In March of 1995 Steve and Diane Kimes asked Edgar, a homeless man just out of the hospital, into their home for something to eat. It was late, and they were getting on the bus for church, but they recommended that he come over the next evening for dinner. He agreed. At two in the morning they received a phone call from a bartender who found their phone number in Edgar’s pocket and asked if he could sent the heavily inebriated man to their apartment. They agreed. Their relatively safe life was over with that decision.
Soon they were feeding people every night in their SE Portland apartment. Occasionally they would have someone stay in their living room. They would listen to the stories of the homeless, learn the unique culture of the drunks, drug addicts, mentally ill and those who just don’t measure up to societal standards.
Eventually, they expanded this ministry within their church’s walls, but their apartment was always a center for help, assistance and housing. They would care for wounds, allow people to rest, get some food and a few could stay overnight. The church they were attending was unwilling to continue to allow the homeless to use their facilities, so Steve and Diane decided to begin their own church, a church made up of the homeless and mentally ill. A church where people could interrupt, take smoke breaks and can openly talk about their poverty and addictions. A church were absolutely anyone, especially the destitute, addicted and socially unacceptable could meet. This is the beginning of Anawim.
Their church services were not limited to just worship. A group of the homeless and outcast prepared and served a meal, new faces were greeted and stories were heard, and a community was being encouraged to form. This day shelter was only one days a week. In 2009, Steve organized a number of churches in the Gresham area to form a day shelter network so the homeless and those who had nowhere to go could have a church to rest in, out of the elements and unwelcome stares of the police and neighbors. Now there are four churches providing day shelters six days a week in Gresham.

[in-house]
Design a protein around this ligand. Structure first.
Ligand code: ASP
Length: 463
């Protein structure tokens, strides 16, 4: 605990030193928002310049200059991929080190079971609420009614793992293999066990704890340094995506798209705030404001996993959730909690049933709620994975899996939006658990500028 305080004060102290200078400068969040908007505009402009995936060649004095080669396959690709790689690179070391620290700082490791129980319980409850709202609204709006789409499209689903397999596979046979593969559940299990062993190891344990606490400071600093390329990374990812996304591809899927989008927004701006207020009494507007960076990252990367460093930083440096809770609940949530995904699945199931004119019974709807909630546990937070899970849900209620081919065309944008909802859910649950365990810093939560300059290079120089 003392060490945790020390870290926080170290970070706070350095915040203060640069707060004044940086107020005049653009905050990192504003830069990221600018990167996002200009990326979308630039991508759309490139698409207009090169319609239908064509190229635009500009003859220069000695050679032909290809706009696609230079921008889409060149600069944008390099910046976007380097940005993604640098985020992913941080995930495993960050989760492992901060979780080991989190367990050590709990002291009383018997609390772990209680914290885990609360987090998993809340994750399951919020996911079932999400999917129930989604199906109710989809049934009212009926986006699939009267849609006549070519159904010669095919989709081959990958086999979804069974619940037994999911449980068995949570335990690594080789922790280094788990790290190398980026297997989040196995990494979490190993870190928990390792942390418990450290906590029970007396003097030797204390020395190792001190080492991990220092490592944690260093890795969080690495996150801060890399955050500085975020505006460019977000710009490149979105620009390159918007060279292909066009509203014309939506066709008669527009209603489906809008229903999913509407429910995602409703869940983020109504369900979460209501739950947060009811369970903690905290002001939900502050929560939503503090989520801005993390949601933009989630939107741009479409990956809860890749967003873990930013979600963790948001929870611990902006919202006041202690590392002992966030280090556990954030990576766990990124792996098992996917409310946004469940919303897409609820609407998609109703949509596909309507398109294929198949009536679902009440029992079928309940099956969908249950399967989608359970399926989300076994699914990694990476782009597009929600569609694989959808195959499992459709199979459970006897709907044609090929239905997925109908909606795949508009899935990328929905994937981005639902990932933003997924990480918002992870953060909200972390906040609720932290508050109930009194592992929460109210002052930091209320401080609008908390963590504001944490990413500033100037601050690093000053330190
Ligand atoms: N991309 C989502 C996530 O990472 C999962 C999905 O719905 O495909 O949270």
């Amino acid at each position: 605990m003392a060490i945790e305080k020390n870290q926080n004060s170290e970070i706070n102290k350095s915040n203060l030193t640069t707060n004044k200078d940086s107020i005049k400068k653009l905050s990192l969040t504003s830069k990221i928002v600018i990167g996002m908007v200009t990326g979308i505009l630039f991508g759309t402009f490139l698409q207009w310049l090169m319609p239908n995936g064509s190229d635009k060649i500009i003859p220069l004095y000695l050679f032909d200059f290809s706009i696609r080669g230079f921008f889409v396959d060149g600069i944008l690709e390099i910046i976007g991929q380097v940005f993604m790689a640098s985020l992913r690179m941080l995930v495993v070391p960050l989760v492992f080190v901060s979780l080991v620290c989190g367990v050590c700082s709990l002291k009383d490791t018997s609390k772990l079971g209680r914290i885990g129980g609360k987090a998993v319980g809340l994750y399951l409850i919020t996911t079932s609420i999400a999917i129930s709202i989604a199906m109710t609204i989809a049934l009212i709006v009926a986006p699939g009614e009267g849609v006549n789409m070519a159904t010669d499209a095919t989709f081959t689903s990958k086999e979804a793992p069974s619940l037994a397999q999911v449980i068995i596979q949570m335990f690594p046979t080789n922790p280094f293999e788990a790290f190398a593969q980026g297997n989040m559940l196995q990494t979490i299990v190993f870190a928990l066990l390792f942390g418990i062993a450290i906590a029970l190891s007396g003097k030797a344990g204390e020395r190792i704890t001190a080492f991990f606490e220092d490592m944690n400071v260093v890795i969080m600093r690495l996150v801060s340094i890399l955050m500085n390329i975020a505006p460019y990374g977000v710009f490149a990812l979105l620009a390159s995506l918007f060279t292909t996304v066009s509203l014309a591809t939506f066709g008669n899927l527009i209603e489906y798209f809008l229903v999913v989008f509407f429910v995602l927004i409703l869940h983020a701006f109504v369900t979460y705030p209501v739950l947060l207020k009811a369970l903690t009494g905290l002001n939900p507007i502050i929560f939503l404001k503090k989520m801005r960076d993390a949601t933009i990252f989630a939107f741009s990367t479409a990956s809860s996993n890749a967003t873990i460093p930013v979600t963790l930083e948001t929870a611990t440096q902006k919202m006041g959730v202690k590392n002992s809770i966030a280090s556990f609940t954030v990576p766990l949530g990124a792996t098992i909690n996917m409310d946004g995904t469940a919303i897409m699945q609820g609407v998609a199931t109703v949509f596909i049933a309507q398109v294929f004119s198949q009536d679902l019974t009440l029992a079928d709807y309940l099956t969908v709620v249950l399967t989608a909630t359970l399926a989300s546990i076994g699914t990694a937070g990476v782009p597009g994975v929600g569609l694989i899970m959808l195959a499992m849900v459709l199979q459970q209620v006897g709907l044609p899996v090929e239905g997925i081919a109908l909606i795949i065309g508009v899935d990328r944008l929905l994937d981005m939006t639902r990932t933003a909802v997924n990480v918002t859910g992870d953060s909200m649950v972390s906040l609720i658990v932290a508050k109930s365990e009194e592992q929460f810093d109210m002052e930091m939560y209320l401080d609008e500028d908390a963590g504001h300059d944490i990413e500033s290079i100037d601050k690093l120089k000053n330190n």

Steve and Diane were forced to move out of their apartment, which allowed an opportunity for a generous giver to grant them a house in North Portland. This house now keeps the Kimes family as well as up to 10 other homeless folks.
Right now, Anawim has a three acre facility they are renting, which the homeless are planting with gardens. There is a Red Barn which is being used as a makeshift warehouse to store bedding and clothing donations for the winter. And there is a church building which is used for day shelters 3 to 4 days a week.
Most of churches providing day shelter also have wished to provide overnight shelter, especially during the winter. The Gresham Fire Marshal barred any shelter to be granted in churches unless under emergency conditions, which usually meant under 25 degrees. Anawim and a network of churches approached the city and slowly they are allowing more facilities to meet the criteria and they are allowing the definition of “emergency” to be met, under certain conditions, to up to 32 degrees.
In the past, Anawim has provided meals, shelter and worship for the homeless and mentally ill in various parts of Portland. Right now, a formerly homeless couple from Anawim is beginning to open up a new branch in St. Johns where there are currently no services specifically for the homeless. Food, clothes, companionship and worship is provided for the homeless who live there. There is a possibility of providing showers and some limited shelter in SE Portland as well.